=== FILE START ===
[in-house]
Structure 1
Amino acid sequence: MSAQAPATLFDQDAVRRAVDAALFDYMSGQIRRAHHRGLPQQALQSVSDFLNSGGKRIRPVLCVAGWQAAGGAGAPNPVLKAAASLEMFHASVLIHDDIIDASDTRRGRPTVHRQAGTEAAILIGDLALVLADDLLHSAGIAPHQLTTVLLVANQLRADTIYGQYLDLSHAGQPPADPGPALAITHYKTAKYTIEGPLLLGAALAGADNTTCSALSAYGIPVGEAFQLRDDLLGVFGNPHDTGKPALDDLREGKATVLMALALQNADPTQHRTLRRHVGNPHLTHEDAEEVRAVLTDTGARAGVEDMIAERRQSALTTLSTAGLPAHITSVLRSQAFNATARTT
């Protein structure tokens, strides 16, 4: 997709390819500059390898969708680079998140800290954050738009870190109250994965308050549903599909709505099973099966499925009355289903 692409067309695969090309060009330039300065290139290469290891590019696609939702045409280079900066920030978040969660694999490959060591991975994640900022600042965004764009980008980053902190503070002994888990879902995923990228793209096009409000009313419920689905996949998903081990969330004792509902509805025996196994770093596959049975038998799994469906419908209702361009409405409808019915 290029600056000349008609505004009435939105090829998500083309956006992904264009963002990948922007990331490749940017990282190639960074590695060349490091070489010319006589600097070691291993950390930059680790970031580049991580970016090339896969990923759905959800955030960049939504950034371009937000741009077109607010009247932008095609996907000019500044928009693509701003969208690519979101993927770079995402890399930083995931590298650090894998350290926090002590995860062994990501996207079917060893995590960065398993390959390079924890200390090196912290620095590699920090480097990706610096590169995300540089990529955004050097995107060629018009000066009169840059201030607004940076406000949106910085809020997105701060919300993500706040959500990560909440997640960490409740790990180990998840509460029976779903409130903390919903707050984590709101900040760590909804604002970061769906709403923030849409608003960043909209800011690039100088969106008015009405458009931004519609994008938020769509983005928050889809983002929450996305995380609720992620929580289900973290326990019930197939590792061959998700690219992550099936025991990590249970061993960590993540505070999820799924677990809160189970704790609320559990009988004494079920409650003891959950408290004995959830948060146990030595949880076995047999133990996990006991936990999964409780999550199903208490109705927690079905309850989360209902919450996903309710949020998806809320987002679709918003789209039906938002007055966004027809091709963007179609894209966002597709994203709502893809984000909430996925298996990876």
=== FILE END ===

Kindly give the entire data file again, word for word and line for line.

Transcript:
[in-house]
Structure 1
Amino acid sequence: MSAQAPATLFDQDAVRRAVDAALFDYMSGQIRRAHHRGLPQQALQSVSDFLNSGGKRIRPVLCVAGWQAAGGAGAPNPVLKAAASLEMFHASVLIHDDIIDASDTRRGRPTVHRQAGTEAAILIGDLALVLADDLLHSAGIAPHQLTTVLLVANQLRADTIYGQYLDLSHAGQPPADPGPALAITHYKTAKYTIEGPLLLGAALAGADNTTCSALSAYGIPVGEAFQLRDDLLGVFGNPHDTGKPALDDLREGKATVLMALALQNADPTQHRTLRRHVGNPHLTHEDAEEVRAVLTDTGARAGVEDMIAERRQSALTTLSTAGLPAHITSVLRSQAFNATARTT
């Protein structure tokens, strides 16, 4: 997709390819500059390898969708680079998140800290954050738009870190109250994965308050549903599909709505099973099966499925009355289903 692409067309695969090309060009330039300065290139290469290891590019696609939702045409280079900066920030978040969660694999490959060591991975994640900022600042965004764009980008980053902190503070002994888990879902995923990228793209096009409000009313419920689905996949998903081990969330004792509902509805025996196994770093596959049975038998799994469906419908209702361009409405409808019915 290029600056000349008609505004009435939105090829998500083309956006992904264009963002990948922007990331490749940017990282190639960074590695060349490091070489010319006589600097070691291993950390930059680790970031580049991580970016090339896969990923759905959800955030960049939504950034371009937000741009077109607010009247932008095609996907000019500044928009693509701003969208690519979101993927770079995402890399930083995931590298650090894998350290926090002590995860062994990501996207079917060893995590960065398993390959390079924890200390090196912290620095590699920090480097990706610096590169995300540089990529955004050097995107060629018009000066009169840059201030607004940076406000949106910085809020997105701060919300993500706040959500990560909440997640960490409740790990180990998840509460029976779903409130903390919903707050984590709101900040760590909804604002970061769906709403923030849409608003960043909209800011690039100088969106008015009405458009931004519609994008938020769509983005928050889809983002929450996305995380609720992620929580289900973290326990019930197939590792061959998700690219992550099936025991990590249970061993960590993540505070999820799924677990809160189970704790609320559990009988004494079920409650003891959950408290004995959830948060146990030595949880076995047999133990996990006991936990999964409780999550199903208490109705927690079905309850989360209902919450996903309710949020998806809320987002679709918003789209039906938002007055966004027809091709963007179609894209966002597709994203709502893809984000909430996925298996990876």